Talk for longer than a couple of minutes to anyone who's really into watches, and you're pretty much guaranteed to hear some version of the following: "A watch tells a story." Yes, in the era of smartphones and fitness trackers, a mechanical watch isn't a legitimate necessity. You need to know the time? Just check your device. But to most fans, a timepiece isn't just a way to mark the hour and the minute on a given day. Instead, it's a way to mark a big event, or a sense of finally having "made it." It's a talisman—a hunk of complicated and intricately constructed metal that tells you the time, sure, but also tells you about your own time on this planet.
Is that a sentimental reading of things? You bet your ass it is. But that's part of the allure. You break things down to pure logic and it's pretty tough to justify investing in a pricey watch, no matter how great it is. Savvy collectors can pull in some impressive earnings by playing the game and understanding the market, but at its core, beyond the speculation and carefully planned acquisition, buying and collecting watches is about emotion. It's about imbuing an object with a narrative—your own, and, in the case of a vintage watch, the one that came before it.
A Rolex GMT-Master, ref. 1675., circa 1978.
Photo by Justin Morton . That's the whole idea behind a new-to-market collection of Rolex GMT-Masters currently on offer from Bob's Watches. Each piece has its own story to tell, from one that spent a stint traversing the Libyan desert in a Land Rover to another that was a rare indulgence for a North Carolinian doctor who performed reconstructive surgery for patients recovering from major accidents. Of course, each is also highly collectible, with attributes—a faded "ghost" Pepsi bezel, or a perfectly aged tropical dial—that set collectors' hearts singing.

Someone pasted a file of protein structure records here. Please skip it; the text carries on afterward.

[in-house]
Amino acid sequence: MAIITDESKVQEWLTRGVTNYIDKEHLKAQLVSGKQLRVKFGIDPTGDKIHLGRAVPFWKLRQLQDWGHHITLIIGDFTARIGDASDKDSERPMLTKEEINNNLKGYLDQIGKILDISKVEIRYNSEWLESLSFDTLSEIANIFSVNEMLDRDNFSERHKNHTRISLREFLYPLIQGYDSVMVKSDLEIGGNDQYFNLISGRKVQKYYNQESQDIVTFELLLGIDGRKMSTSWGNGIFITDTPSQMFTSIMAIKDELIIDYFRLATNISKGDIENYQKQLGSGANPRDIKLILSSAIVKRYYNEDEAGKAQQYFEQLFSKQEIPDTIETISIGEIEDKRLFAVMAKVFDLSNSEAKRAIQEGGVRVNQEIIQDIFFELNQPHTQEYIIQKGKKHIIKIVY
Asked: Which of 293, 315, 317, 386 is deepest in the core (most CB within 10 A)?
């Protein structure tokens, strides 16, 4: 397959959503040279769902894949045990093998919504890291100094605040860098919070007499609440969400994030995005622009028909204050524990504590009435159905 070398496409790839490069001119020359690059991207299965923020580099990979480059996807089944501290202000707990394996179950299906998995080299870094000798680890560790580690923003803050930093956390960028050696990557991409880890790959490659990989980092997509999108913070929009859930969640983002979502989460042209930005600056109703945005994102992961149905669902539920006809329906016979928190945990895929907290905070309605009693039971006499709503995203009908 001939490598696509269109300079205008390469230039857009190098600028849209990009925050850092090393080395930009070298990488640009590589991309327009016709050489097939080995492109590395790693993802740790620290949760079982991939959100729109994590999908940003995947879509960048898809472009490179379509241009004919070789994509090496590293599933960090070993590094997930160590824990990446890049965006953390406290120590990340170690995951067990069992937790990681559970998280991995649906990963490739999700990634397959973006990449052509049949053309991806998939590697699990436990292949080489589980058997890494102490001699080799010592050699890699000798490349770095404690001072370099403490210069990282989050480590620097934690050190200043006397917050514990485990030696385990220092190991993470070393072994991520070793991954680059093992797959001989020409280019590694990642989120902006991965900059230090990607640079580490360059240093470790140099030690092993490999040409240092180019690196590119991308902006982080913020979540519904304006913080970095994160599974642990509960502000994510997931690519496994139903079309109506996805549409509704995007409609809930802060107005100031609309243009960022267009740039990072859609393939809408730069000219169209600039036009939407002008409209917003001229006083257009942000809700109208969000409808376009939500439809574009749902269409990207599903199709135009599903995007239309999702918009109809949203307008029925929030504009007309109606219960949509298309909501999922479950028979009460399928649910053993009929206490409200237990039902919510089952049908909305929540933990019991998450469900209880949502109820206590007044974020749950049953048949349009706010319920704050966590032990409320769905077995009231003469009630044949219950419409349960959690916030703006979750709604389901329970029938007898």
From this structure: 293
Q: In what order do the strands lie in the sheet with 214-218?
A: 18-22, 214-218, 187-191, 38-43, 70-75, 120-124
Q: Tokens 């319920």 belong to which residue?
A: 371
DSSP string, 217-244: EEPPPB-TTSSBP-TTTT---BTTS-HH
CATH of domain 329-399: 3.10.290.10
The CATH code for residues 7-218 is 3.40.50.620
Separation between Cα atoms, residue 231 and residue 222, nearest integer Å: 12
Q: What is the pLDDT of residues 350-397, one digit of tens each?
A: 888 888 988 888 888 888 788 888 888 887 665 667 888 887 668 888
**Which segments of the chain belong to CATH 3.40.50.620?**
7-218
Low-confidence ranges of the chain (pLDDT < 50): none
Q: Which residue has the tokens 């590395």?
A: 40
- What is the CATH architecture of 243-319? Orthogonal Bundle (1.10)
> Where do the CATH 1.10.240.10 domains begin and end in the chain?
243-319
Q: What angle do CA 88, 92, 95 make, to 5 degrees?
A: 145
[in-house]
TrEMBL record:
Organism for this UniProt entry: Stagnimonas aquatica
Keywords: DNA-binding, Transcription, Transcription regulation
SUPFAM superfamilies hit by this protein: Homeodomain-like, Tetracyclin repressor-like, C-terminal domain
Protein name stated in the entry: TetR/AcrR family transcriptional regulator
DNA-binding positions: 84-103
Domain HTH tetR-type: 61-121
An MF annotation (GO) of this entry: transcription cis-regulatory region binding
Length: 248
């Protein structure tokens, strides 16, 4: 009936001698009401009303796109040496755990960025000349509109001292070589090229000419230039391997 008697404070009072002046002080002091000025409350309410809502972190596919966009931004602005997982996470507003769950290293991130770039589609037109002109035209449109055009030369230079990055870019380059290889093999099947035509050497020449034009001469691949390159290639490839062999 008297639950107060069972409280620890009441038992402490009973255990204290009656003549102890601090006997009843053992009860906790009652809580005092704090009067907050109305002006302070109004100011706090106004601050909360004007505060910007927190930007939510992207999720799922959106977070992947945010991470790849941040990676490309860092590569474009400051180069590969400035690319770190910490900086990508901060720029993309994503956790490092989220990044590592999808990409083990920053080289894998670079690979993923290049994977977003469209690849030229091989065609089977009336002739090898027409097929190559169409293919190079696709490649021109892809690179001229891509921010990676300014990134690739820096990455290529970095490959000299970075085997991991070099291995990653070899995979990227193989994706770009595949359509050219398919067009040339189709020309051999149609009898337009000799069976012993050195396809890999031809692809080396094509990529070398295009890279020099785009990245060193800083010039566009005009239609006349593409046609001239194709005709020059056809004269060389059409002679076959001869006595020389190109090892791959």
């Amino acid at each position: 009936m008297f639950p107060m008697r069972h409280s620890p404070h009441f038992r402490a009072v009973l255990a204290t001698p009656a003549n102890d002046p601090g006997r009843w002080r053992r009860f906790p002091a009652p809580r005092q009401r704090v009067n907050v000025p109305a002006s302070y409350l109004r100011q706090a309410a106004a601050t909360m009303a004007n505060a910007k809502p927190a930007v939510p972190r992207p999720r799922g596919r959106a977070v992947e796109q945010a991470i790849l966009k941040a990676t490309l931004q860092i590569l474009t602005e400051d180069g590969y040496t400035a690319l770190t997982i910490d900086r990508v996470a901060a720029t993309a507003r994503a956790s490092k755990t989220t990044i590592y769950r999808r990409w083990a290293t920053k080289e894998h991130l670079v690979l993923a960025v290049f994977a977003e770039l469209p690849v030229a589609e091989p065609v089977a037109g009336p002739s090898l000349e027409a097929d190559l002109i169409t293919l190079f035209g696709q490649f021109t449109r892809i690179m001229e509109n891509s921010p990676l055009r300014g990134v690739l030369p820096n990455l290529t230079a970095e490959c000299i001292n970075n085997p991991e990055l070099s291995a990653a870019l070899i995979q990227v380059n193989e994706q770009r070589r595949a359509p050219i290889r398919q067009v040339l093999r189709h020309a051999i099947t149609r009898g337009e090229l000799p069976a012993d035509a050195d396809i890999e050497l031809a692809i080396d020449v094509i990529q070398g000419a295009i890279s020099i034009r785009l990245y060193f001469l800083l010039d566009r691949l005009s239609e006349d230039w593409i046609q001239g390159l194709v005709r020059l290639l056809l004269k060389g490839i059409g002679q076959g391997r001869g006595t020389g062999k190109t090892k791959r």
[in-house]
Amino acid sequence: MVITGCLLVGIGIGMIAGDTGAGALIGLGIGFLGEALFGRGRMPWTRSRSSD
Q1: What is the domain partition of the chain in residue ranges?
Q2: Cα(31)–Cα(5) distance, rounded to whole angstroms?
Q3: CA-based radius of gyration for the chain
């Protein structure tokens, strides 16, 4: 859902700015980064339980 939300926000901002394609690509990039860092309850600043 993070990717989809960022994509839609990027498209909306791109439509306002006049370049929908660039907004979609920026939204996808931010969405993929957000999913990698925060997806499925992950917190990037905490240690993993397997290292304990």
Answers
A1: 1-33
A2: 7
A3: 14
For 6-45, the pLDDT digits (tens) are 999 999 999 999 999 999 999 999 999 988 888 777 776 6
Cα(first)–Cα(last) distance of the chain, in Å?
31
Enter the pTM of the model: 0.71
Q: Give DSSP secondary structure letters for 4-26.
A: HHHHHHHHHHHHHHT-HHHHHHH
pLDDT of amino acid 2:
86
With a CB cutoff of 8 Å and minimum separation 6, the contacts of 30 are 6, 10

Good stories, and good watches, don't necessarily come cheap. The prices on these models range from $34,995 all the way up to nearly a quarter of a million dollars. So, if you're in the market, here's to hoping you've got a pretty hefty chunk of change squirreled away somewhere. But even if you don't, there's nothing wrong with taking a look and considering the story that'll eventually lead to you having one of your own someday.
This story originally appeared on Esquire.com . Minor edits have been made by the Esquiremag.ph editors.